1. Toy Story (1995)

DirectorJohn Lasseter
PlotAndy's toys are alive and love being played with. Andy's favourite toy is a cowboy doll named Woody, but he gets a brand-new sophisticated action-figure named Buzz Lightyear for his birthday, who quickly becomes his favourite. While Woody feels replaced and intensely jealous, Buzz doesn't realise that he is a toy. Shortly before Andy's family moves house Woody knocks Buzz out of the bedroom window. Now vilified by his former friends, Woody must embark on a rescue mission and save Buzz from their vicious neighbour, Sid.
Length81 minutes
SettingWest coast America, mid 1990s
Toys
  • Woody, a sheriff cowboy toy (Tom Hanks)
  • Buzz Lightyear, a plastic space ranger (Tim Allen)
  • Mr Potato Head (Don Rickles)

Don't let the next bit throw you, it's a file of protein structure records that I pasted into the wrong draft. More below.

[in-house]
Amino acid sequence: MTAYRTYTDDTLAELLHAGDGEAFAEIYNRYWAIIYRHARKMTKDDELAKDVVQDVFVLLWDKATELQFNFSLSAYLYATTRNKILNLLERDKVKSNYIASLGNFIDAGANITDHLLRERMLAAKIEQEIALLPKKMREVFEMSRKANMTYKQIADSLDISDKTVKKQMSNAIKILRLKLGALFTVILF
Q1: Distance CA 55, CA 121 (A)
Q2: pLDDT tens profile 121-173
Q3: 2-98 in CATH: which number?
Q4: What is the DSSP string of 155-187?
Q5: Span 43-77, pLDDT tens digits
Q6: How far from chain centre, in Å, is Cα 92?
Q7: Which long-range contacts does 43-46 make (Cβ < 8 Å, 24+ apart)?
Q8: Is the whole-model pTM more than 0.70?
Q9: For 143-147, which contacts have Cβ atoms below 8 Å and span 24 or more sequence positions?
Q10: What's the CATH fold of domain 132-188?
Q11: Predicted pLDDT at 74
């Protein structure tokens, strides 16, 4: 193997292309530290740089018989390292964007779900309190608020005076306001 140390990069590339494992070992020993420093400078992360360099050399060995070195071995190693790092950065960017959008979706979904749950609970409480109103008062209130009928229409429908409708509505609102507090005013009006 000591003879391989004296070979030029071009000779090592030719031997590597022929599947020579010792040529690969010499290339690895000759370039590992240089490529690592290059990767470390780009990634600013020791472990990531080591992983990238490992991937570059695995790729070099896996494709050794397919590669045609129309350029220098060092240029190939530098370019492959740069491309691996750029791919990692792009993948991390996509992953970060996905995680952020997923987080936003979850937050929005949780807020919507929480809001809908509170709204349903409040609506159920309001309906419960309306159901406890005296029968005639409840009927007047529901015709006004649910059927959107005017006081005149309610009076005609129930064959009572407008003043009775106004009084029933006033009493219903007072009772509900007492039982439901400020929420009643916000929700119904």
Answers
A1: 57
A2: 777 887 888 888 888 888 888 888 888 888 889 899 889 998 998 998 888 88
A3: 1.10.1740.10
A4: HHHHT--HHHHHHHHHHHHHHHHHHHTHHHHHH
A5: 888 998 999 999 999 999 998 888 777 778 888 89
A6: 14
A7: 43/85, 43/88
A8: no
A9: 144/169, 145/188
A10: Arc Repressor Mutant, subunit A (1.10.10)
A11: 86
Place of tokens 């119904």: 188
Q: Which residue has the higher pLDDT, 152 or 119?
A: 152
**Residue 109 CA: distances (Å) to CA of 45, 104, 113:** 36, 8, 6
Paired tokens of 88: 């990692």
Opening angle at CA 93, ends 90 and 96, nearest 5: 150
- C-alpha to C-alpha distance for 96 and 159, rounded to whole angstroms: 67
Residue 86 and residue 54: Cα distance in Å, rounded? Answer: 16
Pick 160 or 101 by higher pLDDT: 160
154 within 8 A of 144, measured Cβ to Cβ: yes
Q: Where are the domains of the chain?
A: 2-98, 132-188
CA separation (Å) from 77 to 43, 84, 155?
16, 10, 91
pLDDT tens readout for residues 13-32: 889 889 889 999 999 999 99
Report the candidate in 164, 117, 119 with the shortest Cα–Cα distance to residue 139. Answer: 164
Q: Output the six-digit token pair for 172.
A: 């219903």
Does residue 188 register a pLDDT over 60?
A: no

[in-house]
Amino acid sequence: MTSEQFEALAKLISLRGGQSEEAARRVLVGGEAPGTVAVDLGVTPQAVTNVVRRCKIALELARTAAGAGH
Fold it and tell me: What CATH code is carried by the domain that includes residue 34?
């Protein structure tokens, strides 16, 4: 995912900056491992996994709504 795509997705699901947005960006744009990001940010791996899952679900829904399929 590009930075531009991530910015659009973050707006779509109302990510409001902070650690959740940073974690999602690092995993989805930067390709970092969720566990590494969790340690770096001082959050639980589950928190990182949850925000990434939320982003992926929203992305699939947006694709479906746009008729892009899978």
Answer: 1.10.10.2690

• Slinky Dog (Jim Varney)
  • Rex, a cowardly dinosaur (Wallace Shawn)
  • Hamm, a piggy bank (John Ratzenberger)
  • Bo Peep, an ornament (Annie Potts)
  • RC, a radio-controlled car
  • Sarge, a toy soldier (R Lee Ermey)
  • Little Green Men (Debi Derryberry & Jeff Pidgeon)
Humans
  • Andy Davis (John Morris)
  • Sid Phillips (Erik von Detten)
  • Mrs Davis (Laurie Metcalf)
  • Hannah Phillips (Sarah Freeman)
MusicBy Randy Newman:
  • 'You've Got a Friend in Me'
  • 'Strange Things'
  • 'I Will Go Sailing No More'
Sequels
  • 3. Toy Story 2 (1999)
  • 11. Toy Story 3 (2010)
Spin OffsShort films unless stated:
  • Buzz Lightyear of Star Command: The Adventure Begins (2000) - feature-length pilot
  • Buzz Lightyear of Star Command (2000-2001) - cartoon series.
  • Toy Story Toons: Hawaiian Vacation (2011)
  • Toy Story Toons: Small Fry (2011)
  • Toy Story Toons: Partysaurus Rex (2012)
  • Toy Story of Terror! (2013)
  • Toy Story That Time Forgot (2014)
Cameos
  • Many of the books on Andy's bookcase are named after Pixar's short films, including André and Wally B (1984), Tin Toy (1988) and Knick Knack (1989), with the authors named after Pixar staff.